What the biggest trends from MWC 2019 tell us about our mobile future
MWC 2019, the largest mobile conference in the world, just wrapped up and there’s a lot to unpack. All eyes were on Barcelona to see what technologies would be announced and for good reason. MWC gives us a glimpse into our immediate future, showing us the phones we’ll be using and highlighting the infrastructure that will power them.
Last year, we saw 5G dominate headlines at MWC with smartphone companies simply iterating. This year was a bit more exciting as we saw the introduction of foldable phones, 5G tech finally being realized, and tepid news from the virtual reality/augmented reality/mixed reality space. But taking a step back, we can see specific trends emerge, hinting at where the mobile industry will go in the next several years.
5G will propel game streaming
5G dominated headlines at last year’s MWC and for good reason—it’s the underlying infrastructure that will power our mobile experiences. It’s not only the theoretical speeds that should get you excited but what can be achieved because of it.
One of the most exciting paradigm shifts in gaming is game streaming. Once speedy internet is available on the go, we’ll be able to stream games to our mobile devices as we do with music and video. Consumers will purchase subscriptions to gain access to a library of games which can then be streamed to a variety of devices, including mobile phones.
We first saw hints of this direction with the success of Fortnite and PUBG on mobile phones. While both games have to be downloaded in order to be played, it showed that there was an appetite for console-quality games on mobile. Once 5G gets deployed, mobile gamers will be able to play any game they want on the go.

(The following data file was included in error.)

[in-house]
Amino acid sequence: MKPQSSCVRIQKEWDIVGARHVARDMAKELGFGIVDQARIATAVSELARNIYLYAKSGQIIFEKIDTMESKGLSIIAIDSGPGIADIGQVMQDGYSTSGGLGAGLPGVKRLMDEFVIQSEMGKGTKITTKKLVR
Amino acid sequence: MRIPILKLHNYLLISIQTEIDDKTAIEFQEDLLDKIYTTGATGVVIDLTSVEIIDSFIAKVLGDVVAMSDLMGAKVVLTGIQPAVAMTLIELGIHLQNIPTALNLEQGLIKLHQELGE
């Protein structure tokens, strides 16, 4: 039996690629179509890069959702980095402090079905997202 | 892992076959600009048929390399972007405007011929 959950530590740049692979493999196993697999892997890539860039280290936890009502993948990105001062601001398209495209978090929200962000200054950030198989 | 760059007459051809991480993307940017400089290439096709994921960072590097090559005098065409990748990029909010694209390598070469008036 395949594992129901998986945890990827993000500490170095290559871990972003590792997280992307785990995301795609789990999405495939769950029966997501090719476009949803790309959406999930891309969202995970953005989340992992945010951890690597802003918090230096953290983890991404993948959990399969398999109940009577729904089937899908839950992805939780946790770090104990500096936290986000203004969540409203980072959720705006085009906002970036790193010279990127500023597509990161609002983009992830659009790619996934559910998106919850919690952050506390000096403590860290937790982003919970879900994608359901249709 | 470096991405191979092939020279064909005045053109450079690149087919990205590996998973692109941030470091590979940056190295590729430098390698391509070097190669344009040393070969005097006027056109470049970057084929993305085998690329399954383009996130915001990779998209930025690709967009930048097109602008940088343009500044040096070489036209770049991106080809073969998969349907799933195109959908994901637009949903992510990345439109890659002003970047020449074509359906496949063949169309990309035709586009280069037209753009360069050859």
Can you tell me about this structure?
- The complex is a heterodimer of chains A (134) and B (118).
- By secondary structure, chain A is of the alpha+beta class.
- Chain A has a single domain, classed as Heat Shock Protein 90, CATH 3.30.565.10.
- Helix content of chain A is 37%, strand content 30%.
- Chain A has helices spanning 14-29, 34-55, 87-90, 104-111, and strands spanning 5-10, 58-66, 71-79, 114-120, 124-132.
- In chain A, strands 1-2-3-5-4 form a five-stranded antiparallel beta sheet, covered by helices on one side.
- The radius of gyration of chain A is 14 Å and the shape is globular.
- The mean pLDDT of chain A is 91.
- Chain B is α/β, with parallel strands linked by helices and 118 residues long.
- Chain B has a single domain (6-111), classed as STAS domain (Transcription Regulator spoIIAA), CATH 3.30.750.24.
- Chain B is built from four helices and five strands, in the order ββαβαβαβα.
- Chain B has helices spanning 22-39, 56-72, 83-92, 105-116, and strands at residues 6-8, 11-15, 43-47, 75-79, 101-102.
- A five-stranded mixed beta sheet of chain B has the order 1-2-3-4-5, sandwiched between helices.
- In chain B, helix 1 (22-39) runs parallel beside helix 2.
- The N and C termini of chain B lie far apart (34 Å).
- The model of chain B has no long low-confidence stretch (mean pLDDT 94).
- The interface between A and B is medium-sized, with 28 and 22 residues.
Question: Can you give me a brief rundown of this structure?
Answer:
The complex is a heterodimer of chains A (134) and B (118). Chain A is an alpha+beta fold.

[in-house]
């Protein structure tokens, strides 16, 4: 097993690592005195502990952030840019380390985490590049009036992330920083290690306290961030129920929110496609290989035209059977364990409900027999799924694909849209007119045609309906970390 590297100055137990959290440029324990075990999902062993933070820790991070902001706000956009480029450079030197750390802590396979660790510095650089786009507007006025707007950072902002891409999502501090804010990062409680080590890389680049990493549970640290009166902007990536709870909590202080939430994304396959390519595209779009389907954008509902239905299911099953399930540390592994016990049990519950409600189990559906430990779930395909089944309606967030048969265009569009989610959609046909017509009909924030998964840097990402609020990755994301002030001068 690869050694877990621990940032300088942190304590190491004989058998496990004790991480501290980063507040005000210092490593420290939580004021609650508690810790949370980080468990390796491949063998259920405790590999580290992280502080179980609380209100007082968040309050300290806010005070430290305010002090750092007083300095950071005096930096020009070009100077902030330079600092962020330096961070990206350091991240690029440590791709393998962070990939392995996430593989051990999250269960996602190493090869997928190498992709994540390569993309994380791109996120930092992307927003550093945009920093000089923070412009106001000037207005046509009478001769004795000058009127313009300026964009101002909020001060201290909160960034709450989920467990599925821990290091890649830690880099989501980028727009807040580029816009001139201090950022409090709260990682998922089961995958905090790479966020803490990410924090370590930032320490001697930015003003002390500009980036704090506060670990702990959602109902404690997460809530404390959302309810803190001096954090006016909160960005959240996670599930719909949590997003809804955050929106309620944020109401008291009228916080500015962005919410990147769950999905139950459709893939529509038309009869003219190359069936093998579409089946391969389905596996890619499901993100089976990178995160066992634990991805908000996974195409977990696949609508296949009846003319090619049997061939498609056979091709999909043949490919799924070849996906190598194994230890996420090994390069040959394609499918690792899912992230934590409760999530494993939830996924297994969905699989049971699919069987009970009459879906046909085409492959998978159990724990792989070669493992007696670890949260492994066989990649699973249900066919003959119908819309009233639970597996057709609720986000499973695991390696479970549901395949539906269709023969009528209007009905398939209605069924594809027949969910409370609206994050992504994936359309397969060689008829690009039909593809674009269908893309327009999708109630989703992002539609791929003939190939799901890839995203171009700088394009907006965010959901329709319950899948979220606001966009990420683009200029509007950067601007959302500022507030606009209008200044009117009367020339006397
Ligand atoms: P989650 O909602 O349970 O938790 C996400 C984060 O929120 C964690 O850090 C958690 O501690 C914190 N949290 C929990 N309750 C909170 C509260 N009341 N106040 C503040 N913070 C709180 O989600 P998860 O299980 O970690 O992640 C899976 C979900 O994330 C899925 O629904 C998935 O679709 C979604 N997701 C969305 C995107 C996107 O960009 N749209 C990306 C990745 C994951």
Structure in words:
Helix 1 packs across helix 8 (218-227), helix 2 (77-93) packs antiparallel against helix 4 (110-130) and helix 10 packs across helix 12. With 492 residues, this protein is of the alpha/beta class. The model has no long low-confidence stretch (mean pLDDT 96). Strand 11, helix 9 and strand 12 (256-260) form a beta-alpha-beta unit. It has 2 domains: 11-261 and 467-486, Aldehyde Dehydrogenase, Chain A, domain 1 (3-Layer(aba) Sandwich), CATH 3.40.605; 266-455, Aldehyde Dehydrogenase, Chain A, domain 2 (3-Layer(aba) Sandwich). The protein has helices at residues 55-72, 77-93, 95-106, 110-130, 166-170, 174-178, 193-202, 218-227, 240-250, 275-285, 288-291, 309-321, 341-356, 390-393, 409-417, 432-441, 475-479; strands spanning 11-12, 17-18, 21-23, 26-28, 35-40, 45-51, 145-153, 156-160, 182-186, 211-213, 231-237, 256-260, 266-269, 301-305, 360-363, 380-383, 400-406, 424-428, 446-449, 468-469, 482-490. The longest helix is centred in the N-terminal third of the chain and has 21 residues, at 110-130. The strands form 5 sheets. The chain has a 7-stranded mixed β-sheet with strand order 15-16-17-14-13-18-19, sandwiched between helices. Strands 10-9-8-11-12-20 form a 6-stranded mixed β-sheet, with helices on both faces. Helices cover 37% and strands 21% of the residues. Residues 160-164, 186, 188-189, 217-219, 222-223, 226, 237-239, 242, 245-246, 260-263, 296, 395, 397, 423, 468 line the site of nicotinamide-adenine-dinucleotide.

This isn’t to say that all mobile gaming will be for these AAA console-quality titles. Game streaming and 5G will simply allow users more choices on the types of games they play. On the go, mobile-focused titles will still dominate as they are made for touch and feature shorter gameplay sessions. Game streaming will likely require users to buy a wireless controller to play competitively at first but taking a look at the increased real estate that foldable phones allow, on-screen controls may not be as cumbersome as they are on our current smartphones.
On the go, mobile-focused titles will still dominate as they are made for touch and feature shorter gameplay sessions.
We’re only seeing the beginning of the 5G infrastructure being built today. As VentureBeat reports, it’s going to be a long and expensive road ahead for 5G deployment. The GSMA, the trade group that hosts MWC Barcelona, estimates carriers will be spending upwards of $160 billion per year to roll out 5G. The telecom financing firm Greensill estimates that carriers will spend an estimated $2.7 trillion through the end of 2020 to build out 5G.
2019 marks the year we begin seeing phones and other hardware begin supporting 5G, but it won’t be until 2020 at the earliest when consumers can begin to see a 5G rollout in any usable capacity.
VR/AR/MR continue struggling to go mainstream
As with CES 2019, MWC 2019 did not have a lot of updates on the VR, AR, and MR fronts. Microsoft announced its Hololens 2 AR headset, which are smaller and lighter than the first generation, features better hand tracking, and increases the field of view. But the Hololens 2 is targeted at the enterprise market and its $3,500 price tag ensures only large businesses will be able to afford the technology.